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Developing our Leaders

Developing our Leaders

NCC Directors, Linden Rhoda and Justin Miller recently completed their Post Graduate Diploma in Leadership Development. Their Graduate class included top management from major organisations such as ABSA, Standard Bank and Woolworths - just to name a few. They both received 95% for their final assessments which was the highest ever awarded by the lecturer in his 9 years of lecturing. Justin Miller received the award for top student.

We interview two of the NCC directors, Linden and Justin to find out more about their experience completing their Post Graduate Diploma in Leadership Development.

NCC Directors Linden Rhoda (left) and Justin Miller (right)

1. Tell us a bit more about the course and what it entailed?

Linden:   This program focuses solely on leadership skills, and not managerial or technical skills. In researching my role at NCC, I realised that this qualification will enable me to establish or confirm a leadership culture that will help NCC to be sustainable. The programme was delivered over four on-campus blocks, spread over the year and focuses on the development of personal leadership, organisational leadership and societal leadership to strengthen you while you work on growing as a leader. 

The course covered various leadership frameworks to demonstrate leadership diversity, and the dynamics of teams and how to form high impact teams while creating a high performance culture to achieve consistent high performance. The programme also looked at the successes and failures of transformation, and the role of business in society to contribute to active citizenship and social development.  My favourite module was strategy, which looked at how you use strategy to drive execution and alignment across organisations.

I really enjoyed it, because it gave us the opportunity to use personal, work and life environments as places of learning and development.

Justin:   As a Director of NCC, I recognised the need to significantly enhance my leadership capabilities. Linden did some research, and brought my attention to the Post Graduate Diploma in Leadership Development course being offered at the University of Stellenbosch Business School (USB).  This specific programme was a first in its field in South Africa and for most business schools throughout the world.  The core of the programme has been run within many well known organisations such as SABMiller, ABSA, Total, Imperial, Tiger Brands, etc. In 2007 USB introduced the pilot programme and since 2008 it has become a core of its MBA programme. Parts of this one year post graduate diploma have been conducted at Rotterdam School of Management in Holland.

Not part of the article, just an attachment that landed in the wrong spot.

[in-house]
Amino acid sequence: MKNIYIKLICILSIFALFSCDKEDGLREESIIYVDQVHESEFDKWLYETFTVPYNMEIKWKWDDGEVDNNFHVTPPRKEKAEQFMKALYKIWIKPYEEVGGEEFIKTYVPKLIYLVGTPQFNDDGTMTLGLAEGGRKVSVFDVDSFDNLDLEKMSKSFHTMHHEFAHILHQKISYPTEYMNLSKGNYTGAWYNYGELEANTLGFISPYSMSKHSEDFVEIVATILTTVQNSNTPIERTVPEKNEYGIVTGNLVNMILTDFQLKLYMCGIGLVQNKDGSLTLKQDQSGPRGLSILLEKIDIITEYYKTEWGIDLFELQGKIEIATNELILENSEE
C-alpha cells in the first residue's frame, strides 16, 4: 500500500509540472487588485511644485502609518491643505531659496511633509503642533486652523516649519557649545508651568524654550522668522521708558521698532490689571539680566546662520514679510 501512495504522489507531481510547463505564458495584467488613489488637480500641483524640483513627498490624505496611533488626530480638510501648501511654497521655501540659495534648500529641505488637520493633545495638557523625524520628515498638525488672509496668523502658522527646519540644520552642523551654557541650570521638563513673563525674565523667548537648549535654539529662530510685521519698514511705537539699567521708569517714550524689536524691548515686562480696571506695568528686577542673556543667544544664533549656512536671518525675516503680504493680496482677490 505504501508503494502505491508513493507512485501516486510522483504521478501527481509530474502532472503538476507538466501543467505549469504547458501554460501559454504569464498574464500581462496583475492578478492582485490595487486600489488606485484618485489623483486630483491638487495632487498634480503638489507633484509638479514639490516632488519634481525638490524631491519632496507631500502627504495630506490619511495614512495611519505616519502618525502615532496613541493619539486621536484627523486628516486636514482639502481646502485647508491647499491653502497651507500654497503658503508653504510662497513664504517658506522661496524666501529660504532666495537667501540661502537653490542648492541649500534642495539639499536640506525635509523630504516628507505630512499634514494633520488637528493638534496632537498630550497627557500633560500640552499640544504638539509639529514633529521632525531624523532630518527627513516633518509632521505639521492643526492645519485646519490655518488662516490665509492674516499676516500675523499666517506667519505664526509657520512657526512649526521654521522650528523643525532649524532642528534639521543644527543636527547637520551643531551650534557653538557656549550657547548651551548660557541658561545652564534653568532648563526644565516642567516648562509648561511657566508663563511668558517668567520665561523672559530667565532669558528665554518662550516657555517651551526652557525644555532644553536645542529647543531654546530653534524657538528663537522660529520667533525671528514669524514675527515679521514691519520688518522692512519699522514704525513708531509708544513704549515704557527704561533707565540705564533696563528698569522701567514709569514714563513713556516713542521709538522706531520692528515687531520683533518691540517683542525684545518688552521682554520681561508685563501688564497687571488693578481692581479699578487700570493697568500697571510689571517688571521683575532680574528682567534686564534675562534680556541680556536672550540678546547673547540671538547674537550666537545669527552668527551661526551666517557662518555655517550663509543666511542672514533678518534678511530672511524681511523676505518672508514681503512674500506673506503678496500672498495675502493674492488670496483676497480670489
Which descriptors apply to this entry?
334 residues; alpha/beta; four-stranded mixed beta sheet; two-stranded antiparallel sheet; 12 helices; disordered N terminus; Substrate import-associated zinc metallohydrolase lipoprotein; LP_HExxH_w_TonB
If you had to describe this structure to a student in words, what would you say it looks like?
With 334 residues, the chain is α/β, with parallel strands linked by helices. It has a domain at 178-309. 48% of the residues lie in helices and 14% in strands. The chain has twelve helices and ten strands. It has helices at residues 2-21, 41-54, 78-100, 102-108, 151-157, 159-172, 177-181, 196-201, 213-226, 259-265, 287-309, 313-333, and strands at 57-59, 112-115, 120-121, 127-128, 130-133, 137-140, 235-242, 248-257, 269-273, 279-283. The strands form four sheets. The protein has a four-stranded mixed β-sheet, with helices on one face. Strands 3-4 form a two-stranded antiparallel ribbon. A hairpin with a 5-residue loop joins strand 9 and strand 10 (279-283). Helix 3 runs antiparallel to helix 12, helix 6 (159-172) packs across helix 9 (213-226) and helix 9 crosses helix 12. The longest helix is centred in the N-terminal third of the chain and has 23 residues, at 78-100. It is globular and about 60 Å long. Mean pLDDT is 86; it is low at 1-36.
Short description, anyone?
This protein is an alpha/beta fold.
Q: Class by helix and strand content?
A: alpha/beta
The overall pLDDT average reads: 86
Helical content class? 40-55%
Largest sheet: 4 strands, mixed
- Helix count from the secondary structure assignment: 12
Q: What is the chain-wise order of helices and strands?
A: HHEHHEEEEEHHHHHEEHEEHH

So, while it was a new offering it was also based on wide based expertise and experience. In particular it drew on the experience and competence developed by offering it within organisations which have seen the value of its content and the capacity to enable individuals to significantly enhance their leadership capabilities. I was drawn to this programme, as it was based on global benchmarking and was at the cutting edge of developing leadership competence.

2. Did you find the course challenging and how did you balance your time between your daily role at NCC and completing assessments?

Linden:  It was challenging and I balanced it with great difficulty. I had to sacrifice time with my family and friends, weekends and leave were used to write reports because it wasn’t possible to do all that work in the evenings. Some of the assignments we could do at work and staff definitely benefited from it.  It did not derail me completely from my role at NCC, the irony is that it guided me in my work and it had so many linkages to what I needed to do on a daily basis.  Writing up of the projects was very time consuming, but most of the activities and thinking was in line with what I need to do on a daily basis.

I could not afford to neglect my normal role at NCC, and I don’t think I did, or to neglect my immediate family (my wife & son). It was definitely a challenging course as almost half of the enrolled students didn’t complete the course. To give you an idea of the amount of time needed to complete the course, the final assessment was over 300 pages. The course did help me to better understand what is expected of me, and also the importance of a work/ life balance.

Justin:  The course was challenging in so many ways.  Firstly it threw us out of our comfort zones, forced us to have uncomfortable conversations and debates.  Secondly, there wasn’t the typical studying, tests and exams that we’ve become accustomed to since school.  Instead, we had to take the information we were provided with, try and implement specific tasks and then document the critical reflections emerging from the process.  Finally, trying to find the time to work on our assignments was incredibly challenging. I recall our lecturer saying on the first day that we could anticipate to spend approximately 8 hours working on assignments, for every 1 hour in class.  We were in class for approximately 275 hours, and looking back, I think his estimation was somewhat conservative.  It didn’t help me that our daughter was born towards the end of the course, just when work towards the 300 page final assignment had to commence.

At times I honestly found it tough trying to balance time between my daily role at NCC and my assignments. Fortunately, my wife, Sheridan, and everyone at NCC was incredibly supportive and patient with me during this time. It was only my fitness and health that took a temporary blow, but I’m slowly starting to recover now.  All our assignments were in some way either directed at ourselves or at NCC.  As such, many of the key learnings, systems and processes that derived from our assignments could for the most part be used at NCC.